Boasting thousands of islands, with a combined coastline of 34,000km, Japan just might be the diving world’s best-kept secret. Local diving guide Kaoruko Inou reveals what it’s like to swim with a school of sharks, and climb rocks underwater on the island of Izu-Oshima…
My most intense memory of diving was after the 2011 earthquake in Japan. I went to Tohoku in the northeast along with other volunteers, to help clean up the sea. It was surreal being surrounded by marine life existing as it has always done, amidst the tragic destruction that the earthquake had wrought.
After a day of working, we waited to watch the spawning of the coral – a specific lunar phase in which flora and fauna reproduce at the same time. As the organisms dispersed from the coral and began to float all around us, they looked like stars against the dark of the ocean. It was in that moment when I realised I was right where I was supposed to be.
It has been almost six years since I first learned how to dive. I was stuck working at an automobile company, and I began longing for something new, so I found a – very strict! – instructor, and eventually became his protégé, training as an instructor at his school.
There are two really popular areas to dive in Japan: Okinawa and Izu, where I’ve based my business. Personally, I think the greatest place to go is to Izu-Oshima: it’s like paradise. As a cluster of volcanic islands, Japan’s underwater landscapes are incredible, so as well as diving you can even try underwater rock climbing. The geometric shape of the columnar joints, which are created when lava from an erupted volcano cools to form rock, are perfect to climb.
The best part about being an instructor and guide is getting the chance to dive around the world with people from all kinds of backgrounds. I especially love taking tourists diving – it’s amazing seeing the excitement in their eyes when they first come into contact with the underwater world. Because Japan is an island, we’re surrounded by incredible marine life on all fronts – from the north to the south and east to west – and have over 1,900 endemic species.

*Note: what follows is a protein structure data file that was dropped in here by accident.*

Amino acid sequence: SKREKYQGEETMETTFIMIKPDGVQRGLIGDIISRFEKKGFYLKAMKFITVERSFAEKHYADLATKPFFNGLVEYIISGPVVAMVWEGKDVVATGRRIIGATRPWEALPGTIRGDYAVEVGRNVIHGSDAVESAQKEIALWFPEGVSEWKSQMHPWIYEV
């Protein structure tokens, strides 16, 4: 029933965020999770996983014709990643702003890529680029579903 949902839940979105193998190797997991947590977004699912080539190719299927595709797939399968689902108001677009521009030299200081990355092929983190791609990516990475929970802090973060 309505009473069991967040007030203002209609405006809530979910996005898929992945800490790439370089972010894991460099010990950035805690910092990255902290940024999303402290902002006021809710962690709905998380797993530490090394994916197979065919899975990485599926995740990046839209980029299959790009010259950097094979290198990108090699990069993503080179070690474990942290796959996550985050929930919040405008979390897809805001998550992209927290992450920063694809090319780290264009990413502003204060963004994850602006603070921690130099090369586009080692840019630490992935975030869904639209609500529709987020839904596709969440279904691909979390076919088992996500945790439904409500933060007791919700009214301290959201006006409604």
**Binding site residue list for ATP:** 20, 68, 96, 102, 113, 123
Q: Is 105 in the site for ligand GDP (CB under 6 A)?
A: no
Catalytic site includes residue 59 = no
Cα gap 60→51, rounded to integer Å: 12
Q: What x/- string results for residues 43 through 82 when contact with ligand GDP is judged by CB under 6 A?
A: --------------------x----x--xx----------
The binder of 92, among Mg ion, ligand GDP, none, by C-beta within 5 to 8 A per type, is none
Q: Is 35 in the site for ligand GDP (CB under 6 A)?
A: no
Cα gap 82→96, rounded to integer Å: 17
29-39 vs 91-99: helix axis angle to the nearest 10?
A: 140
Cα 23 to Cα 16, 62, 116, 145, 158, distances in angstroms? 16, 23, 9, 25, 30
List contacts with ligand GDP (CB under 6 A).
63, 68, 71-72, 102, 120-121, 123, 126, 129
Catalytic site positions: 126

Another benefit to the diving scene here is the hospitality that Japanese people pride themselves on, making it their mission to ensure tourists have the most unique experience possible. Whether you’re swimming with sea angels in the icy waters off the northern coast, or with thousands of tropical fish in the warm southern waters, you’re likely to come across unusual marine creatures.
One of the most rare endemic species is the Cherry Anthias fish, known as Sakura-dai in Japanese. It was named after Japan’s national flower, the cherry blossom, because of its colour – a riot of red and pink.
One place that I still haven’t been to is the Ogasawara Islands. They are about 1,000km from Tokyo and people travel long distances to see how clear the ocean water is. There are still so many places I want to explore, but Japan will always be my favourite place to dive. We have culture, good food – and we are really great hosts.